Deadlocks in MySQL can occur when two or more transactions are trying to access the same resources (rows or tables) in a conflicting order, leading to a circular waiting scenario. One common cause of deadlocks is when multiple transactions are trying to update the same rows using an equality condition on the primary key in the WHERE clause.

Let's consider an example to understand why deadlocks can occur in this scenario:

Assume we have a table named my_table with a primary key id and two concurrent transactions T1 and T2:

Transaction T1:

BEGIN; UPDATE my_table SET some_column = 'value1' WHERE id = 1;

Transaction T2:

BEGIN; UPDATE my_table SET some_column = 'value2' WHERE id = 1;

Now, let's examine what happens in each transaction:

  1. Transaction T1 starts and acquires a lock on the row with id = 1.
  2. Transaction T2 starts and tries to acquire a lock on the same row with id = 1.
  3. Since Transaction T1 has already acquired a lock on the row, Transaction T2 is blocked and waits for the lock to be released.
  4. At this point, we have a deadlock situation. Transaction T1 is waiting for something that Transaction T2 is holding (the lock on the row with id = 1), and Transaction T2 is waiting for something that Transaction T1 is holding (also the lock on the row with id = 1).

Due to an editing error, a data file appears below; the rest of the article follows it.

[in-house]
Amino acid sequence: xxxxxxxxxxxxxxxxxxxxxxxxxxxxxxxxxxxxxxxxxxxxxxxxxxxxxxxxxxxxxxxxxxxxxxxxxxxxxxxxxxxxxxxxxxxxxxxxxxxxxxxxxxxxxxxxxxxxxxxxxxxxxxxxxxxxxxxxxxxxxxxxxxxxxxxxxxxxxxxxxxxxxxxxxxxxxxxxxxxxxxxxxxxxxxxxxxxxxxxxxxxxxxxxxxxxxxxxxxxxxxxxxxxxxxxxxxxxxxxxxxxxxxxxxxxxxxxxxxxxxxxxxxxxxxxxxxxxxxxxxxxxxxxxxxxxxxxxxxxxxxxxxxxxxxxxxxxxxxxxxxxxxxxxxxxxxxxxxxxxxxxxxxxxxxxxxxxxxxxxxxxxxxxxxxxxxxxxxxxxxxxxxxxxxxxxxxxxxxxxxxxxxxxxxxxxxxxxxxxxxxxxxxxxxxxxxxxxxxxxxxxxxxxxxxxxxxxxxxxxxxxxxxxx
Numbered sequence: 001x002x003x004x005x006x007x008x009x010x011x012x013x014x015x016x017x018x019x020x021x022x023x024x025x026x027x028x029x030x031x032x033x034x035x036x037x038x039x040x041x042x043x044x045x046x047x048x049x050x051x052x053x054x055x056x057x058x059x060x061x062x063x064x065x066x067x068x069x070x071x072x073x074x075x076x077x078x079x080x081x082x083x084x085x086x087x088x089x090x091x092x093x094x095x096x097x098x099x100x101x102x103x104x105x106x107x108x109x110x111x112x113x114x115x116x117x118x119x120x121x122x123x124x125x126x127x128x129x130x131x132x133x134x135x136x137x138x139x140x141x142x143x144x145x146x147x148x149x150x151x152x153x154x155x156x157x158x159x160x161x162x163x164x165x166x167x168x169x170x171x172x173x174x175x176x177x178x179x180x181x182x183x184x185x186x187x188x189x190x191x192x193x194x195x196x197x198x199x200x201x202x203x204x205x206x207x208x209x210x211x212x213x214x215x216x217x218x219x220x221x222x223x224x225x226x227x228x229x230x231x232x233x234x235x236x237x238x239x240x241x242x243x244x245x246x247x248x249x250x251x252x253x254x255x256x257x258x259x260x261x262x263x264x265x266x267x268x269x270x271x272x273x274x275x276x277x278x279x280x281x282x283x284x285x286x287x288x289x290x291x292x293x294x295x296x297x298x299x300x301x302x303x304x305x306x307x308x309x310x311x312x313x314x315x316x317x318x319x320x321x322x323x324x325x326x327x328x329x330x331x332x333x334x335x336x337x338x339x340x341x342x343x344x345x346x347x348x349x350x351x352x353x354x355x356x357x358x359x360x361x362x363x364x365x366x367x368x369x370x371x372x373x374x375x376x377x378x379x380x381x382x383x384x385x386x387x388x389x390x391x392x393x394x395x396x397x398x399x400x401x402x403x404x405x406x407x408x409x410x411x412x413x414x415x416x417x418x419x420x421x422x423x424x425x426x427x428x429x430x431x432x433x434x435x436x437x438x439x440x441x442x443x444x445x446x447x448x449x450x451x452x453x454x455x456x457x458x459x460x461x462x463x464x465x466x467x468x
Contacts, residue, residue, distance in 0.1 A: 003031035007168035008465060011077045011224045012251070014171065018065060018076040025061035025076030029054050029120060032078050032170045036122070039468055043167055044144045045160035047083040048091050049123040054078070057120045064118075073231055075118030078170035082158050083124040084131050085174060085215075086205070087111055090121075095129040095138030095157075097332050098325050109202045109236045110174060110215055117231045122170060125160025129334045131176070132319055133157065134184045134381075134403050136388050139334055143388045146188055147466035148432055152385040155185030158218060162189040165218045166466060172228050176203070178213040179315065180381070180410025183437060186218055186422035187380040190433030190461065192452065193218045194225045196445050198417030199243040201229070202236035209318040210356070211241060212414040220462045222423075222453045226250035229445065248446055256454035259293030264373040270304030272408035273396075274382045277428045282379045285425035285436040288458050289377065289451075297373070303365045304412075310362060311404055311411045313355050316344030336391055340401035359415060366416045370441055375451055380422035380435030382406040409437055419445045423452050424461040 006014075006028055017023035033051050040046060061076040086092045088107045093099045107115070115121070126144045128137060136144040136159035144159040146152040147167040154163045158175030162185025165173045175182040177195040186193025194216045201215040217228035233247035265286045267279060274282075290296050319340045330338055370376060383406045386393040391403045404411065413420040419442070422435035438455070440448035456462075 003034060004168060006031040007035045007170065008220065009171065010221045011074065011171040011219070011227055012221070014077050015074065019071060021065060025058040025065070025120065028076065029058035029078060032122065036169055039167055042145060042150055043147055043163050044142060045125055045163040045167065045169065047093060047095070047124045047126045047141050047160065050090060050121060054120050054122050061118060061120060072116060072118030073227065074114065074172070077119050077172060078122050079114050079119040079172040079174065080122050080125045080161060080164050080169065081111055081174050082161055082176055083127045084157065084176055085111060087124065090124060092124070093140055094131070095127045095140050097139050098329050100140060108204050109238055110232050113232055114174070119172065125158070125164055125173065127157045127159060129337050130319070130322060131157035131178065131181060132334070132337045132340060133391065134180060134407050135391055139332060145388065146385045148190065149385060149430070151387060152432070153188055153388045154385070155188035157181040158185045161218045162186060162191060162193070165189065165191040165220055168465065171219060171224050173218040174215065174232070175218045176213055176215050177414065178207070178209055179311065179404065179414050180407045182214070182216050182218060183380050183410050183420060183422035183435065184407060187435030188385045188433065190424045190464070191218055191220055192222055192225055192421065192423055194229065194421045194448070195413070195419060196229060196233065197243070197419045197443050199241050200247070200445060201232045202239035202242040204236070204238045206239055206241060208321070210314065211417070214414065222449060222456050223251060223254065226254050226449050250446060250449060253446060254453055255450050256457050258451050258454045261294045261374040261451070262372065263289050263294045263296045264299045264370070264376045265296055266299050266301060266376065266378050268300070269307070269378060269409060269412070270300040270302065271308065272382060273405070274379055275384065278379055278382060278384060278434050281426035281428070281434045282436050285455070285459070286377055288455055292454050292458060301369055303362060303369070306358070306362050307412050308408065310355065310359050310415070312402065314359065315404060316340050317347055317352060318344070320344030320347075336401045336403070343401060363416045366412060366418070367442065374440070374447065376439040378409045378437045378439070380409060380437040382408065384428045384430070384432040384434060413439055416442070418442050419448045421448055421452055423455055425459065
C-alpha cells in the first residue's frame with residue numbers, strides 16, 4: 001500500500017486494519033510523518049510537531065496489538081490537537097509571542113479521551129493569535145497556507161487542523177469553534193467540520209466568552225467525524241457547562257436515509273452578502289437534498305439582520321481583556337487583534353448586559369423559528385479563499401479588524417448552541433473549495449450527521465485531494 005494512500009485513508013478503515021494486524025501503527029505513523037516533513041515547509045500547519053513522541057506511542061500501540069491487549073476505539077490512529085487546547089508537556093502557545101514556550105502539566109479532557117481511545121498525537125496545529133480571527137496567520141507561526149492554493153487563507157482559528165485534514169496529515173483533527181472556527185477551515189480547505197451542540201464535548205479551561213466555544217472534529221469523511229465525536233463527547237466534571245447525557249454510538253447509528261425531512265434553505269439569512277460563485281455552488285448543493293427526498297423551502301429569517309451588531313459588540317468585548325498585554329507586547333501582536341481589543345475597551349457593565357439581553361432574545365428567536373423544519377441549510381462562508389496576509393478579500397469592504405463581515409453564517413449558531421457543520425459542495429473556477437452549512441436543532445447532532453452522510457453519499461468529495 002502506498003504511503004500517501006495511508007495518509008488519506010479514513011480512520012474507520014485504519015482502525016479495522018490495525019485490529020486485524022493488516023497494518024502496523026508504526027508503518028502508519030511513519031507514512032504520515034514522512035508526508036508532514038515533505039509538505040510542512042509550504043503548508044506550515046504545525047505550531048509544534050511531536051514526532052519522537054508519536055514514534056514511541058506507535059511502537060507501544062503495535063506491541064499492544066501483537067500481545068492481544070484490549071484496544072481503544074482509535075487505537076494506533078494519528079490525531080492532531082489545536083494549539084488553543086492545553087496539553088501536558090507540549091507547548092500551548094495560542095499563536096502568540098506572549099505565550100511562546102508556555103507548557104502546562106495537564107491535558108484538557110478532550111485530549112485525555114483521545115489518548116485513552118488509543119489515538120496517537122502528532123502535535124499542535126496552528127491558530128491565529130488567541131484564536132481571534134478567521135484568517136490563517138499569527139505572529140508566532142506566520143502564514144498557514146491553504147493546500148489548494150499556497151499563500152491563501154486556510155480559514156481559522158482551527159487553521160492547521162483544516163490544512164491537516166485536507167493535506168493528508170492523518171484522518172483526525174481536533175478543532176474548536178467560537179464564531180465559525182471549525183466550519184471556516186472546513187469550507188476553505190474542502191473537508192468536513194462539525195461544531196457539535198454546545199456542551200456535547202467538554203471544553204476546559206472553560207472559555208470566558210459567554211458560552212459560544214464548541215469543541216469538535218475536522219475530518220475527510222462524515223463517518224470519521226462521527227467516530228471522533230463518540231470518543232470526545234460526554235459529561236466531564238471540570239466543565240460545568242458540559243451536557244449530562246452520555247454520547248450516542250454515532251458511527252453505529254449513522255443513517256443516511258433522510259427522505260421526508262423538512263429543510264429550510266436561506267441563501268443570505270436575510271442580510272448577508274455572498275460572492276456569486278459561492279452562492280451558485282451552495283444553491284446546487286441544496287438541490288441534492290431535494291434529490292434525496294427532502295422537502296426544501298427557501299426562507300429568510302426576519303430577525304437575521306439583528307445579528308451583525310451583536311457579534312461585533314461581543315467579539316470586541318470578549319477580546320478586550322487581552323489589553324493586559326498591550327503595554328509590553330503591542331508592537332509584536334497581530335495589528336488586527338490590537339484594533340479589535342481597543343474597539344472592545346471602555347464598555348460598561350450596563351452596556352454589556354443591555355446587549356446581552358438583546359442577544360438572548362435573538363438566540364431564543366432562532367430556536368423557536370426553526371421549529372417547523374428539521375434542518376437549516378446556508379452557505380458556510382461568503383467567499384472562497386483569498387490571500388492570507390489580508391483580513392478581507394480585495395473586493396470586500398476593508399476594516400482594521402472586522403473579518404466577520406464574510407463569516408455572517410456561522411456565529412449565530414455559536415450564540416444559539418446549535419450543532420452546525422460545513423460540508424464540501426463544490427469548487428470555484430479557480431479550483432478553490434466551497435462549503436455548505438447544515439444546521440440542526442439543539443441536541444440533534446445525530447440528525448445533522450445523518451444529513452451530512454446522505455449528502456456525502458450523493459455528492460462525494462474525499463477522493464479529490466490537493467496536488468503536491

Deadlocks can happen when two or more transactions are competing for the same resources and their execution order creates a circular dependency.

To avoid deadlocks in such scenarios, consider the following approaches:

  1. Use the FOR UPDATE clause in the SELECT statement: By using the FOR UPDATE clause, you can lock the selected rows explicitly before updating them. This prevents other transactions from acquiring locks on the same rows until the current transaction is complete.

  2. Order your updates: Make sure that all transactions always update rows in the same order to avoid circular dependencies. For example, if multiple transactions need to update the same rows, you can order the rows by the primary key (id) to ensure consistency.

  3. Keep the transactions short: Minimize the time a transaction holds locks to reduce the chance of conflicts with other transactions.

  4. Handle deadlocks gracefully: When a deadlock occurs, the database system automatically chooses one of the transactions as the victim and rolls it back. Your application should be designed to detect and handle deadlocks by retrying the transaction or performing other appropriate actions.

Remember that handling deadlocks can be complex, and it's crucial to thoroughly test your application to ensure it behaves correctly under concurrent scenarios. Additionally, database schema design, indexing, and application logic play a significant role in minimizing the likelihood of deadlocks.

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